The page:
Craig Kimbrel loses his way

Scott Pianowski
·7-min read
MESA, ARIZONA - FEBRUARY 18:  Craig Kimbrel #46 of the Chicago Cubs poses during Chicago Cubs Photo Day on February 18, 2020 in Mesa, Arizona. (Photo by Jamie Squire/Getty Images)
Craig Kimbrel was a mess in Monday's save opportunity. (Jamie Squire/Getty Images)

It’s impossible to start this column without a brief moment to pause and look around America. The Marlins have a viral outbreak on their hands, and the MLB season lies in the balance. I am not a doctor or scientist. Maybe they can figure out how to make this all work, maybe they can’t. And hopefully, other sports will learn from baseball’s mistakes. To be fair, I don’t have great answers, or good answers. Maybe I don’t even have the right questions.

Sports are the toy department, and fantasy sports are a toy department within a toy department. It’s a place for fun and action and community and something to root for. I am going to write the usual baseball wrap below, with some levity and with some silliness. It’s what I do. But I wanted to acknowledge the gravity of the moment and the seriousness of the time before I delved into stuff like blown saves and waiver-wire pickups.

Let’s try to stay positive and find proactive solutions, in the world. And hopefully, we’ll have a world without constant anxiety, soon enough. I appreciate everyone who is a part of our community. Keep sending your dog photos, your little pieces of good news, your wins. It helps. - pianow

The three-run save is one of the cushiest parts of the closer gig. It’s a perk, it’s a treat. Come in for the ninth, get three outs before they have a monster rally against you, walk off triumphantly. Pretty much any capable MLB arm can convert this assignment, most of the time.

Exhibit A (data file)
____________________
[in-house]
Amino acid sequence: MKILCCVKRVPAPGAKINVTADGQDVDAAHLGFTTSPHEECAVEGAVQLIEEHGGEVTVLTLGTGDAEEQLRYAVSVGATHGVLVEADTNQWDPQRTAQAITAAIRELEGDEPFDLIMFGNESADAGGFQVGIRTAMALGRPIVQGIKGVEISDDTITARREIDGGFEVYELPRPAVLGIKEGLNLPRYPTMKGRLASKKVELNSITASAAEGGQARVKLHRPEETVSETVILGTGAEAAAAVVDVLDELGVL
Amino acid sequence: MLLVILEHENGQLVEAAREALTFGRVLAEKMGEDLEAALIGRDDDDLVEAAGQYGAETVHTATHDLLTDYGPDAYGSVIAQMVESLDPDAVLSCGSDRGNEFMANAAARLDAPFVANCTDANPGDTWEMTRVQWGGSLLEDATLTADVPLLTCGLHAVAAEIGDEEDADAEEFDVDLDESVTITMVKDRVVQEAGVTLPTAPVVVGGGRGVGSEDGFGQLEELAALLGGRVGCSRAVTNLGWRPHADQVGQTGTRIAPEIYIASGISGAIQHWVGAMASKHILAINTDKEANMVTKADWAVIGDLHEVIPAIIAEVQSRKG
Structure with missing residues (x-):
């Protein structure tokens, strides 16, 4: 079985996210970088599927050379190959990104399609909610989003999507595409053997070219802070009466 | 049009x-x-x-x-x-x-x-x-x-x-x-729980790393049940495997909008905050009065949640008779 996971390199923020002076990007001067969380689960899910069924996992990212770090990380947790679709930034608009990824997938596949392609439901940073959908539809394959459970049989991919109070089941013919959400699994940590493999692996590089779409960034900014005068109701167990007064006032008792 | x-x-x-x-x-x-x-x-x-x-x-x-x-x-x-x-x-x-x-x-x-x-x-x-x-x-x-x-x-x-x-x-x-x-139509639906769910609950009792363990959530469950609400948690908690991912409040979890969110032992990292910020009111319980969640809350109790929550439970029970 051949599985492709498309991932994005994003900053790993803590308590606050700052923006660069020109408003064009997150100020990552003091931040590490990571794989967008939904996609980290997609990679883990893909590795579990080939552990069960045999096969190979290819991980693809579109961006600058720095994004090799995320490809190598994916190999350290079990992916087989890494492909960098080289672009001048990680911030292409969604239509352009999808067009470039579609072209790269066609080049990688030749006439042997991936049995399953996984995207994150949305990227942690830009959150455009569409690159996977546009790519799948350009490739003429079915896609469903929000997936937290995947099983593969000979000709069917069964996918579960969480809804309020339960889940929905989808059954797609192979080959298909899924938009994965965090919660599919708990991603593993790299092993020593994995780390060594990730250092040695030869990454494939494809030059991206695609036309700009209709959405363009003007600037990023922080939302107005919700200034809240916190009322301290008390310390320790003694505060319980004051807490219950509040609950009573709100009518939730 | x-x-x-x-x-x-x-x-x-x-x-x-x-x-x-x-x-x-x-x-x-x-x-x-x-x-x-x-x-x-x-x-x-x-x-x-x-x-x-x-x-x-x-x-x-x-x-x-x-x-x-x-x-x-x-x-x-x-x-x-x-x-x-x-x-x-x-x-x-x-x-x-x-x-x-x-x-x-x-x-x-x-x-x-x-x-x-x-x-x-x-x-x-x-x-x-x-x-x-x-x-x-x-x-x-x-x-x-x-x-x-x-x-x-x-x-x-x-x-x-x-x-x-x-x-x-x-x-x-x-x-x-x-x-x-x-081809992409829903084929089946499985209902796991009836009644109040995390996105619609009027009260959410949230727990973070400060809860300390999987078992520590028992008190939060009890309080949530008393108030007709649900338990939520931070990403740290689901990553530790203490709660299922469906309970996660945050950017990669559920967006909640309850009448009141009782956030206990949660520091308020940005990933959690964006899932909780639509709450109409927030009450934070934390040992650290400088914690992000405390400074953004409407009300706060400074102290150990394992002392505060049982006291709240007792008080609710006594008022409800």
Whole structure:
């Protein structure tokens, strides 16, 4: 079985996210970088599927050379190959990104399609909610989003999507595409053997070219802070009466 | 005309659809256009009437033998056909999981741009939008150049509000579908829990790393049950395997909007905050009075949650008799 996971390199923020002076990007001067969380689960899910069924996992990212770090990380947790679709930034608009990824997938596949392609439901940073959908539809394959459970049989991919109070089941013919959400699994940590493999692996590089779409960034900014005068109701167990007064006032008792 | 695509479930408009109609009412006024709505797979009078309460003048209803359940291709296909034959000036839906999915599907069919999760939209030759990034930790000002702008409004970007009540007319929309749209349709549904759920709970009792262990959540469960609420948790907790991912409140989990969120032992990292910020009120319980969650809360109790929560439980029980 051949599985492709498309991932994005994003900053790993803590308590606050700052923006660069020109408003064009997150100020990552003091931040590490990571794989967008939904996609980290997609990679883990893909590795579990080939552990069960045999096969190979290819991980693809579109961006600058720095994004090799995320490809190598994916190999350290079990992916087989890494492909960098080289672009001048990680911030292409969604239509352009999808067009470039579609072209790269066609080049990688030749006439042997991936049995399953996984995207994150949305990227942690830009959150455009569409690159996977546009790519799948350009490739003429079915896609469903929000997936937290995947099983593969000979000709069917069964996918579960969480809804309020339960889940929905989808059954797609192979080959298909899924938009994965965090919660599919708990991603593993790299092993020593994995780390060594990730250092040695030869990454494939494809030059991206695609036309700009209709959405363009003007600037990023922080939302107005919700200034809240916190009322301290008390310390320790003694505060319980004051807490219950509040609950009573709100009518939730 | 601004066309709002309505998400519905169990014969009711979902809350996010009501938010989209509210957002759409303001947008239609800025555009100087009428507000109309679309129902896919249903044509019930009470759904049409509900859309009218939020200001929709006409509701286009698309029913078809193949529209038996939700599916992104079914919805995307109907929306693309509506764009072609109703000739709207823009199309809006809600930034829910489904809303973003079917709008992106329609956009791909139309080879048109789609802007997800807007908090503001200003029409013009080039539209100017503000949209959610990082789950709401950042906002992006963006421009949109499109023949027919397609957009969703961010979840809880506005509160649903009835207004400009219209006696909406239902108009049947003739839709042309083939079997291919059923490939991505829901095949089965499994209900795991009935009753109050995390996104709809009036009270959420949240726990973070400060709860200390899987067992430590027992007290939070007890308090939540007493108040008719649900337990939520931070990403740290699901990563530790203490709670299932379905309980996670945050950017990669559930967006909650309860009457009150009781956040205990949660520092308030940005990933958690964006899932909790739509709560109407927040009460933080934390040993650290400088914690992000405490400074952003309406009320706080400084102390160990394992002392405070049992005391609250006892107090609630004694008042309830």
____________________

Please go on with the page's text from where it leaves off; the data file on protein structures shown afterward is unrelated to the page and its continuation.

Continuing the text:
Alas, Craig Kimbrel didn’t have those facilities Monday. He threw 34 pitches at the Reds in the ninth, and only 13 hit the zone. Four walks, one hit batter. Mercifully, David Ross yanked Kimbrel and brought in Jeremy Jeffress to finish up (two outs, one strikeout, 12 pitches). Close the books, Chicago escapes with an 8-7 victory.

Where’s Angel Hernandez when you need him?

We know the drill with these things. The Cubs will back up Kimbrel and stay open-minded because that’s what teams do. Kimbrel’s on the books with a big contract (what would be $16 million, over a full season). Guys like that usually get additional chances. Maybe it really is mechanical. Maybe they can iron him out.

Of course, 2020 is not your typical baseball season. There aren’t six months for things to smooth out. And the Cubs have reasonable alternatives for the ninth if Kimbrel can’t get right. (Maybe he needs the facial hair back.)

Jeffress reflects how funky the relief game can be. The journeyman had a brilliant year for the Brewers in 2018, fashioning a 1.29 ERA and 0.99 WHIP. He scored eight wins and 15 saves, even made the All-Star team. A 2.78 FIP underscores that luck was on his side, but he undeniably still pitched very well.

Last year, it all fell apart — a 5.02 ERA, a 1.37 WHIP. In this case, the luck didn’t go his way — the FIP suggested a 3.96 ERA (mediocre, but not awful). But you couldn’t blame Milwaukee for moving on after the season.

For his career, Jeffress has a 3.14 ERA and 1.34 WHIP. That doesn’t make him Mariano Rivera, but he’s been an effective closer before. He also had 27 saves for the Brewers in 2016.

Perhaps Roman Wick could also figure into the ninth. Wick was an effective reliever for the Cubs last year (2.43/1.14) and had more than a strikeout per inning; granted, that strikeout rate is expected in the shape of today’s game. Wick wasn’t a closing fallback Monday because he worked in the sixth inning, but perhaps he’ll get pushed back later into games.